That guy from a daughter religion to Judaism may lay claim to being but a humble carpenter’s son, but we can do better. One of the Israelite Judges was the son of a prostitute.
In the haftarah for Chukkat we read the tale of Jepthah. Born of a liaison between his father and a hooker, he is ill-treated by the sons his father had with his wife, denied any inheritance because he is the son of an “other woman.” (The Hebrew here is somewhat open to interpretation. It could simply mean that Jepthah was the son of another women, or it could mean that Jepthah’s mother was not an Israelite, which I think is more likely. (The whole Jepthah story could really be in trouble if the Israelites has started practicing matrilineal descent. Unless, of course, Jepthah’s mother, the prostitute, was also an Israelite. Hmmm.)
What’s even more fun is that Jepthah (in Hebrew, Yiftakh) is Yiftach HaGiladi. Can you think of anyone else important in Judaism also from Gilead, and who is known as so-and-so HaGiladi? But I digress.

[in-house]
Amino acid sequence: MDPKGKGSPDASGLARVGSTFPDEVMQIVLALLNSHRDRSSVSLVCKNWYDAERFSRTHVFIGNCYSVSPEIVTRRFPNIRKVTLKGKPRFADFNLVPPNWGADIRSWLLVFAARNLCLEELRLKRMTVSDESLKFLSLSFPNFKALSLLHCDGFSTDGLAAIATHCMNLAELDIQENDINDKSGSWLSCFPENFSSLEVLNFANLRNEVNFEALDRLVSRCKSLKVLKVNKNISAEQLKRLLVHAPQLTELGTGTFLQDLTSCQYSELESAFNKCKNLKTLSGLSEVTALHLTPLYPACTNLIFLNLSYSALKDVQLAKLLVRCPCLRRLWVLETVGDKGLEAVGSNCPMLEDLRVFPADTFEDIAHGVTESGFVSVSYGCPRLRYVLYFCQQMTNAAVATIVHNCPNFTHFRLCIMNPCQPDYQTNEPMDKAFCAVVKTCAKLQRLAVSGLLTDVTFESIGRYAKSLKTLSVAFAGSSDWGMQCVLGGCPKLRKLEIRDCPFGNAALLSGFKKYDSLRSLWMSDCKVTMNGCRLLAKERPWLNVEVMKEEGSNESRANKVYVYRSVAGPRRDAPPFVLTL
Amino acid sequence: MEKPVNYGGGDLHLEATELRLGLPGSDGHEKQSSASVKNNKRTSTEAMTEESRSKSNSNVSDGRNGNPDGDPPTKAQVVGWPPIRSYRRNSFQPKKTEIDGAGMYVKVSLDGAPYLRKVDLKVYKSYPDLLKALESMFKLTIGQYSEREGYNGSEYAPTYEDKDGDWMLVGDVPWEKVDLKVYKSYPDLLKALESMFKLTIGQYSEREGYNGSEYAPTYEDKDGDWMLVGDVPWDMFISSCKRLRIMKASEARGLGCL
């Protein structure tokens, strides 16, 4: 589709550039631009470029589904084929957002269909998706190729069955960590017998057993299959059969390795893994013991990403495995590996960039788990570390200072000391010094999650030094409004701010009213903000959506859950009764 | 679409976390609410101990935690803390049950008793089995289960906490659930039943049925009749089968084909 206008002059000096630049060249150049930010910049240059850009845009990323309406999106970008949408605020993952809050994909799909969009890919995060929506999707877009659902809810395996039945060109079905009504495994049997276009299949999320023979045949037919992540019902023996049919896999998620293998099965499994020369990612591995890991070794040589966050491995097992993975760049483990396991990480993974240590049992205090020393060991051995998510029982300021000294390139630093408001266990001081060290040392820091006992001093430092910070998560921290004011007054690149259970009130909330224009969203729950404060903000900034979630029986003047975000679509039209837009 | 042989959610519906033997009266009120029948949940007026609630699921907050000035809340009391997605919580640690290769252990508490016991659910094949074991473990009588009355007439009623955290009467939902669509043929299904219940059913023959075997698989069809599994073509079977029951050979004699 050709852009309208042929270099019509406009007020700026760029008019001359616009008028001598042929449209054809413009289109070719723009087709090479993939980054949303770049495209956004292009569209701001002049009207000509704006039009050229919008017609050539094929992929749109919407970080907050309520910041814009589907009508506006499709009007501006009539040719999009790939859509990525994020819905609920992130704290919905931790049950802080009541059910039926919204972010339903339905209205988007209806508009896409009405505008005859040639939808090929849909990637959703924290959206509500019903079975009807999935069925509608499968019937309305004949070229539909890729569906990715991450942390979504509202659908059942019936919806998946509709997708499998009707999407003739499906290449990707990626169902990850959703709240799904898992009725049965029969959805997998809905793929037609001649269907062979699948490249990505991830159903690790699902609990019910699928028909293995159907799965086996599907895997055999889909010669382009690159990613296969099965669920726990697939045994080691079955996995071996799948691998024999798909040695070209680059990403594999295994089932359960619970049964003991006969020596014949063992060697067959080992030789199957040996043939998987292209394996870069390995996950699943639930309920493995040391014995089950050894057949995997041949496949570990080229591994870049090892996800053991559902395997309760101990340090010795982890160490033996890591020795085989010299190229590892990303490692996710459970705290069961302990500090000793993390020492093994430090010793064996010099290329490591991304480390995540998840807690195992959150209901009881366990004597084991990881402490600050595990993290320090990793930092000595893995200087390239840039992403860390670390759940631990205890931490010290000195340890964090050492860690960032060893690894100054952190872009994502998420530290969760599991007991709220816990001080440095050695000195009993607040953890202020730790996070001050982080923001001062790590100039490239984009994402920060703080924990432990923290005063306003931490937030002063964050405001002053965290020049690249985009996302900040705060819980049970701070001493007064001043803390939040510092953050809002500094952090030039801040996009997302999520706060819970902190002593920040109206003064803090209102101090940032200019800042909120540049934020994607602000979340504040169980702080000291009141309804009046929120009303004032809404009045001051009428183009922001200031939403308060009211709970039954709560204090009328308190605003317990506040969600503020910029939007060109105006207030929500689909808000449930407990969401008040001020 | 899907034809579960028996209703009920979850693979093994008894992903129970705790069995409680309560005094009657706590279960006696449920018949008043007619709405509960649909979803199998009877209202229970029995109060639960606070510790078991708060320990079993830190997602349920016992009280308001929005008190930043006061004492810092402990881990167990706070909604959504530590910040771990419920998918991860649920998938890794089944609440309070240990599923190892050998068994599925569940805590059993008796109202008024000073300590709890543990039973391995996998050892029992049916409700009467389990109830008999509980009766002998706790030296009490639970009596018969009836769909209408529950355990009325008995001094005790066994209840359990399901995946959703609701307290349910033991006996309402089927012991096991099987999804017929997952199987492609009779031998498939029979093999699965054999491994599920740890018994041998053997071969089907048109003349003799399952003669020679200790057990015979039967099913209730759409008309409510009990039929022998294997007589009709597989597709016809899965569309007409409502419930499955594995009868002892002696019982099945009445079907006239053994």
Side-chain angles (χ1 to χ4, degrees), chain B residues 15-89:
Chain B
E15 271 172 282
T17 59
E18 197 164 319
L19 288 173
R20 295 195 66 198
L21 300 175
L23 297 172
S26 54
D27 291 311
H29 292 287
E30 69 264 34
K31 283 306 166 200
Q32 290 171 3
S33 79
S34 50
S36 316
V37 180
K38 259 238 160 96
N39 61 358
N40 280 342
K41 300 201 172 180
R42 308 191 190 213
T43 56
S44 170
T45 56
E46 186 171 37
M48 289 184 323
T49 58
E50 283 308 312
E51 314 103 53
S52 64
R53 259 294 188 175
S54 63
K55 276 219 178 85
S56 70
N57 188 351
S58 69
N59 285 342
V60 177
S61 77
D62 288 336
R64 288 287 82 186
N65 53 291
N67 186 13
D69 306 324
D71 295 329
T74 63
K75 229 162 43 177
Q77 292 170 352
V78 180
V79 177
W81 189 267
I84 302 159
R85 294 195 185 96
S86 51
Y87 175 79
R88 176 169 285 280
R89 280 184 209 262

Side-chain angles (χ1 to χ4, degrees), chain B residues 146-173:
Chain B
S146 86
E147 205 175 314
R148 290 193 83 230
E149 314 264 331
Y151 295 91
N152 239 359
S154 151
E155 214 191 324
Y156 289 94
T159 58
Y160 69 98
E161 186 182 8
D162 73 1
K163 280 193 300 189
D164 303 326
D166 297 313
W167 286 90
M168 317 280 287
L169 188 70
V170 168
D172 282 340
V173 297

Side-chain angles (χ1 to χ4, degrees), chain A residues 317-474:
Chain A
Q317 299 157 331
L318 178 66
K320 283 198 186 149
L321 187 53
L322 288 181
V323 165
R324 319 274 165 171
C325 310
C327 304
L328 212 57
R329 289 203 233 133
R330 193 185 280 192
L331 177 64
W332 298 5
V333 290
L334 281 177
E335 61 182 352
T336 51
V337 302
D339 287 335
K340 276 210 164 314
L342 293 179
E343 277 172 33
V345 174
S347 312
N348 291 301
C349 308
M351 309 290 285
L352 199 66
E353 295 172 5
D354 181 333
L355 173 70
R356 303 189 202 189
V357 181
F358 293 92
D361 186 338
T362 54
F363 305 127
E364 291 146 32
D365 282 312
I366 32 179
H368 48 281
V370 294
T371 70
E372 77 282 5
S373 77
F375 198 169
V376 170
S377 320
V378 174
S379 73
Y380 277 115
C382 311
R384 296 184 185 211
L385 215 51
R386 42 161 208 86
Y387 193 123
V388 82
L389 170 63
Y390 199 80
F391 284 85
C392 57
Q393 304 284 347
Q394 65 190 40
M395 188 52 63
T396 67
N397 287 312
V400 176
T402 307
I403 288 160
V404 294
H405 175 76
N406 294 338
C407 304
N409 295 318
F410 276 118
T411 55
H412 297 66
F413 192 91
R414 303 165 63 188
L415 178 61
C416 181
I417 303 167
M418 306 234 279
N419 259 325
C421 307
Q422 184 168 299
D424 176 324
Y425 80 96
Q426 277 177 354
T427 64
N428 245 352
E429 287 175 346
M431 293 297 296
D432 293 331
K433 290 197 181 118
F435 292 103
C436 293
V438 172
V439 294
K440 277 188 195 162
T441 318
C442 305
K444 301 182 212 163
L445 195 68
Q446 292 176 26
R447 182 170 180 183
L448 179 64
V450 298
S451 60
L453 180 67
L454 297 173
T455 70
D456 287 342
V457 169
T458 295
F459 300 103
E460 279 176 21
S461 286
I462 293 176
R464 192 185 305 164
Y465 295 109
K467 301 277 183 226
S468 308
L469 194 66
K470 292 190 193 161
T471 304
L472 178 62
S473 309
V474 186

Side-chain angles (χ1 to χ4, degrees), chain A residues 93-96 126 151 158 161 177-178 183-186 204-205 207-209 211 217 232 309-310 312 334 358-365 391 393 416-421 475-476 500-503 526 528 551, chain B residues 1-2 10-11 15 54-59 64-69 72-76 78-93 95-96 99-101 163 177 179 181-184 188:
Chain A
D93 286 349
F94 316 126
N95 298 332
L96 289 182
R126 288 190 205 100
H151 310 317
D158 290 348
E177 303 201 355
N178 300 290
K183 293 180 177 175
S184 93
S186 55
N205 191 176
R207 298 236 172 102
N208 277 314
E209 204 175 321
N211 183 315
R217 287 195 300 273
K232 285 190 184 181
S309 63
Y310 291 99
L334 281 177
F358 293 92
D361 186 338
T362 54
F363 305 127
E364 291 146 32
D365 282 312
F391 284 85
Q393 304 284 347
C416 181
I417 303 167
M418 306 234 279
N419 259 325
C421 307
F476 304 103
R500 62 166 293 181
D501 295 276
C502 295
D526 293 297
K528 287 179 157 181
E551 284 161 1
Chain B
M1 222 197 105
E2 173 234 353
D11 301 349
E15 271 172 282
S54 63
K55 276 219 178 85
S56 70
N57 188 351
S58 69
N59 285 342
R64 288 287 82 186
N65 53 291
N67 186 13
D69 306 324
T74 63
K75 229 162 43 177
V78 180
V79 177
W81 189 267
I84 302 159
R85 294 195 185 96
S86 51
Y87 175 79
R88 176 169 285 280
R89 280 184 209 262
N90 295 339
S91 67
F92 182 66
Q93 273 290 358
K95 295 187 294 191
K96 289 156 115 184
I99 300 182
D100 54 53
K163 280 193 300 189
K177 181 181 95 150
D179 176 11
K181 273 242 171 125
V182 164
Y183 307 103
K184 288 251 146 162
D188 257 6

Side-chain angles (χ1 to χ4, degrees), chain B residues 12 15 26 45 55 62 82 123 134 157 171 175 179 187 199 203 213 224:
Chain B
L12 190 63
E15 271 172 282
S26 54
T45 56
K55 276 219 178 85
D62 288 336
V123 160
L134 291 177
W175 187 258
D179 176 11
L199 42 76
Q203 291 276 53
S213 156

Jepthah leaves Gilead and becomes a brigand, surrounded by unsavory characters.(The text calls them anashim reikim, men of “emptiness,” often used metaphorically to mean men without principles or scruples. One could have a great deal of fun playing with possible meaning of “anashim reikim.”)
“Some time later” when the Ammonites attack the Israelites, the elders of Gilead seek out Jepthah, known as a skilled warrior, to lead them. Jepthah of course throws back in their faces how they treated him, and appears (or plays the game of being) incredulous of their request. The elders promise Jepthah that if he comes with them they shall make him their leader. It’s a deal!